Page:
by: Carey Creasey
With over 74 million Baby Boomers and 28 million Silent Generationers left, the chances of becoming a caregiver for one of your parents or a close family member is probable. It’s normal to feel overwhelmed when you are the sole provider for a parent, family member, or friend who is suffering from memory loss, physical limitations or other issues that prevent them from fully caring for themselves.
If you meet any of the criteria below, you’re more likely to suffer from caregiver stress/burnout at some point.
- Female – Women are more likely to take on the role of caregiver.
- Single – When you’re solo, most people assume you don’t have your own life and have time and energy to care for another.
- Cohabitating with the person – When you share a home with the person you care for you may feel like you don’t have your own space, a lack of privacy.
- A history of depression or anxiety – Mental health issues can be exacerbated by caregiver stress.
What can you do to alleviate the pressures of caregiver stress? Below you will find some common issues that providers struggle with and pointers on how to take care of yourself while taking care of someone else.
As the saying goes, “Money makes the world go round” and one of the most common stressors caregivers face is financial insecurity and anxiety. You can help yourself, and the person you’re caring for, by planning for the future, and including another individual that you trust to make decisions in case of emergency. According to AARP, 92% of caregivers also provide some form of financial support, whether that be financial coordination or as a financial contributor. There are numerous ways to be properly compensated and it’s worth the time to look into all options and see if your patient qualifies for any programs that offer financial assistance.
Watching someone you love slowly decline is emotionally draining and the toll it takes is not just mental, but physical as well. Keeping your mental and physical health in check is key to not burning out. Eat well, exercise and participate in activities that you’re passionate about. Setting personal health goals may help you stay on track, whether it’s making a commitment to walk 15 minutes each day or meal-prepping on Sunday to ensure you have nutritionally complete lunches for the week.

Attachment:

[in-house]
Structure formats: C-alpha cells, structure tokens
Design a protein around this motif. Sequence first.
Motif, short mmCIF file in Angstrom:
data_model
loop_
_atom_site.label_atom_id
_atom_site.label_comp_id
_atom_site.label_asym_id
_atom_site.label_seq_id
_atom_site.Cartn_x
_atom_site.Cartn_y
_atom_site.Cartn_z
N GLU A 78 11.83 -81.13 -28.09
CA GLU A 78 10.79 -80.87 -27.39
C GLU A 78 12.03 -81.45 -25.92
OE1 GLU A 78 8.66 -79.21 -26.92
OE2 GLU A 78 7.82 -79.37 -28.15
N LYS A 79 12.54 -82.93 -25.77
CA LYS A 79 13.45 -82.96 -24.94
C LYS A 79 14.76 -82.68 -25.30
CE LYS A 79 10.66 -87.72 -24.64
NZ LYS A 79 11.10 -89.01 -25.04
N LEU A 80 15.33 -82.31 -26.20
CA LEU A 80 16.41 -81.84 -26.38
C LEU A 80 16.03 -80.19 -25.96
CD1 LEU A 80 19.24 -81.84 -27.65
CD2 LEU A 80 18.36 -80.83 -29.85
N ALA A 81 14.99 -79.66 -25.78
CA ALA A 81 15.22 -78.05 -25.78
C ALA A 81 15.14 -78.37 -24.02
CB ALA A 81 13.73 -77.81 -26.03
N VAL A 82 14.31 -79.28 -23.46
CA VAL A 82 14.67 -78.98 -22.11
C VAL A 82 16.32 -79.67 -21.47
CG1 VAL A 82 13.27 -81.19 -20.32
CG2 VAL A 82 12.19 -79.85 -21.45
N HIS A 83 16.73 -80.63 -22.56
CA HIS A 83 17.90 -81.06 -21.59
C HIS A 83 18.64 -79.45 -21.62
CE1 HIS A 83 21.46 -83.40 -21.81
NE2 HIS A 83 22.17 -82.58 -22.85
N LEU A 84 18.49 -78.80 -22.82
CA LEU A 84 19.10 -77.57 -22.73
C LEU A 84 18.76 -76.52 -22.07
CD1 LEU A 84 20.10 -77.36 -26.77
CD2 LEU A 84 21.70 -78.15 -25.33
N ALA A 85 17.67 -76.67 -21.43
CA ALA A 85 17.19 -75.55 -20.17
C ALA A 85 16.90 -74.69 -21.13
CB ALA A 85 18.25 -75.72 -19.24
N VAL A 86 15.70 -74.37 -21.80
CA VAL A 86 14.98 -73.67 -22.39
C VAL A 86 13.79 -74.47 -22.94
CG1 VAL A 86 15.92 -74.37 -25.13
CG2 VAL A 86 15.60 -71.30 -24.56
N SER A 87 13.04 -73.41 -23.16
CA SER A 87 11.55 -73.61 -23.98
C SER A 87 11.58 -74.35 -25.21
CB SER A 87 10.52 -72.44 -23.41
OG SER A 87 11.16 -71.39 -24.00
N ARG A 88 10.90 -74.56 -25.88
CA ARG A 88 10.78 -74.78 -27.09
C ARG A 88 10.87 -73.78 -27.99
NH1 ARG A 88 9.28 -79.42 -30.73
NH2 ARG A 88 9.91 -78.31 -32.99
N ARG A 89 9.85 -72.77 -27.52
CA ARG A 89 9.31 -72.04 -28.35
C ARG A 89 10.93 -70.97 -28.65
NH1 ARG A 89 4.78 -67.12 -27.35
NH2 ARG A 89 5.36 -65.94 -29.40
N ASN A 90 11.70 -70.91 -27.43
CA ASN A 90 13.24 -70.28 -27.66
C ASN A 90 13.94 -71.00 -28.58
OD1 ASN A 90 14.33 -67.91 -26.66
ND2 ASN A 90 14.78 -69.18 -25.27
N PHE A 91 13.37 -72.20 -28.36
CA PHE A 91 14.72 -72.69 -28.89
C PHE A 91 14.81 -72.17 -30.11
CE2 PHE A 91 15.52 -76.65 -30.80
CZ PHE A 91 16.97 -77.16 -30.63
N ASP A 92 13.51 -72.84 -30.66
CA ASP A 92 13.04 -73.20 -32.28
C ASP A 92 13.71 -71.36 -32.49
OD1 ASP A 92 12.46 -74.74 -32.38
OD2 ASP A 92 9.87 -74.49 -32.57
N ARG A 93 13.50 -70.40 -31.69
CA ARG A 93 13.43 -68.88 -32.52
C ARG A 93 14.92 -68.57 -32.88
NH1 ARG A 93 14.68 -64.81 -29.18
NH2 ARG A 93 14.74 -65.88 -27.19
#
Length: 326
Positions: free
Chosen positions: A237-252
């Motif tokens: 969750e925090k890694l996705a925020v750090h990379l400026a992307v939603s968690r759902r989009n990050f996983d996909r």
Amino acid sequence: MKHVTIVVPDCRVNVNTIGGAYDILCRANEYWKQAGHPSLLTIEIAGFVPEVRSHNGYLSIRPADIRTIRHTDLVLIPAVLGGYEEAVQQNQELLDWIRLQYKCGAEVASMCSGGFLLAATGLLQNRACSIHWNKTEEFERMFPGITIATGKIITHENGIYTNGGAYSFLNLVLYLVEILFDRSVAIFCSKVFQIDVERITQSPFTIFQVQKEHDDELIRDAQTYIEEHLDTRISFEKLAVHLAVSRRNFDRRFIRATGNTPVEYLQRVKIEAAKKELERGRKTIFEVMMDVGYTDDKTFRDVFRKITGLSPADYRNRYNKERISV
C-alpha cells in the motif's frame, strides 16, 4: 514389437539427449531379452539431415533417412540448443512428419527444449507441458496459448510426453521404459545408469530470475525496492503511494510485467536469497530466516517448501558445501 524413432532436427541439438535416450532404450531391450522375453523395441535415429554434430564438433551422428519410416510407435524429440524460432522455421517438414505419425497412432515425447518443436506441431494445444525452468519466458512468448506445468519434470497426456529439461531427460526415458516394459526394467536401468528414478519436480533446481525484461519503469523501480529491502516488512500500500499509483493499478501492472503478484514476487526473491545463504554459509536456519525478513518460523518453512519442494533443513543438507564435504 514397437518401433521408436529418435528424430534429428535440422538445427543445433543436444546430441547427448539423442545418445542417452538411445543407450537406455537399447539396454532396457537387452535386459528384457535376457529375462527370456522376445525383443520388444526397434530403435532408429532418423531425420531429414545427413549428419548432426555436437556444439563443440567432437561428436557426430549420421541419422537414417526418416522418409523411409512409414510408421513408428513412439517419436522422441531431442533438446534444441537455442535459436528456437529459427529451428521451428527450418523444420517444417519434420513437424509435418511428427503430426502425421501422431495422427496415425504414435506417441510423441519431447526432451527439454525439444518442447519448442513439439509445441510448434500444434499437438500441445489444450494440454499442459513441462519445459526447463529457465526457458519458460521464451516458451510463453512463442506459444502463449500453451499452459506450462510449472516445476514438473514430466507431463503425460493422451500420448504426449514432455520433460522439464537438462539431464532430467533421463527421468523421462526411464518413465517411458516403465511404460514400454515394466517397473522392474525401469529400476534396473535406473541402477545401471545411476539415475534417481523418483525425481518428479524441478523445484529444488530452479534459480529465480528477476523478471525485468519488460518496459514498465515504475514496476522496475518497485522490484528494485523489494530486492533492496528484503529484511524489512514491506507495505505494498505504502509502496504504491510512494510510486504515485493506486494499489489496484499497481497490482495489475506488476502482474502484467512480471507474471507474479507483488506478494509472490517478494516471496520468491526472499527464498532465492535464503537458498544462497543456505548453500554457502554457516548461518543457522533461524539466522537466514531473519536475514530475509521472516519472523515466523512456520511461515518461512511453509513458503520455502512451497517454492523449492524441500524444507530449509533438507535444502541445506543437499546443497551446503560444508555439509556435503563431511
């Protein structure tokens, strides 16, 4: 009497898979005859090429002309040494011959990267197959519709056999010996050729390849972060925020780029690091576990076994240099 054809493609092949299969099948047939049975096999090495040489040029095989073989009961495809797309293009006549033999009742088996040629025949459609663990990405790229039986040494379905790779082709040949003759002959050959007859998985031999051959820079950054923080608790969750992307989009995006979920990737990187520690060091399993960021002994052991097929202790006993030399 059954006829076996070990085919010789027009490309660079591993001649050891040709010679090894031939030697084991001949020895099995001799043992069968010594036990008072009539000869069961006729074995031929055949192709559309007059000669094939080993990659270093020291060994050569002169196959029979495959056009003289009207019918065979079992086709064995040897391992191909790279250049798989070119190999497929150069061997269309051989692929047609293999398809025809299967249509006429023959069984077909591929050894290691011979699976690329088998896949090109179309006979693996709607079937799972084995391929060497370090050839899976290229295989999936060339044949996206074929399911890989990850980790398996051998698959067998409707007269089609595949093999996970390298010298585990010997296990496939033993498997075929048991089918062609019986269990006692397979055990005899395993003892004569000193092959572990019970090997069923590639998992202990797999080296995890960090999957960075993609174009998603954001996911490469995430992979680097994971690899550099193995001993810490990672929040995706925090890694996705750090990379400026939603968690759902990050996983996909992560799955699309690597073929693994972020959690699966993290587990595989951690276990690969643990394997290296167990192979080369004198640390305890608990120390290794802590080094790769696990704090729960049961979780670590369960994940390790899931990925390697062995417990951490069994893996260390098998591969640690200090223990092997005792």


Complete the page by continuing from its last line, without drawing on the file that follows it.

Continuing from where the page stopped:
Many people find solace in support groups as they navigate the world of providing care for spouses and parents. There is a wonderful online tool, Eldercare Locator, that helps people find the right support group in their area. These groups offer a chance to speak freely with others who are or have dealt with similar issues while caring for someone who is deteriorating. Having a safe space where you are supported and provided healthy coping techniques is key to successfully taking care of yourself and the dependent.
Changes in family dynamic can be tricky to navigate as you grieve the loss of the person you once knew. Anticipatory Grief is the term used to describe grieving in advance, you are anticipating the loss, death is imminent, and you recognize that your loved one will not always be here. Huffington Post contributor, Debra Campbell, PhD, says it best, “Grief is not an emotion. Grief is a time of feeling every emotion. It’s a time of feeling blinded to everything else; seared raw by the white light of the beloved soul’s final flare.” Give yourself the permission to grieve and in time you will heal.
Joan Lunden, former co-host of Good Morning America, became the primary caregiver for her mother, who suffered from Dementia, and her brother, who struggled with complications from Type 2 Diabetes at the same time. She has talked openly about the guilt she felt regarding her mother’s care and not residing in the same state as she slowly lost her battle with Alzheimer’s. She is a vocal advocate for caregivers and how to help your loved one by helping yourself.
This Lifestyle Health Care Blog is proudly sponsored by SKIN GUARDS.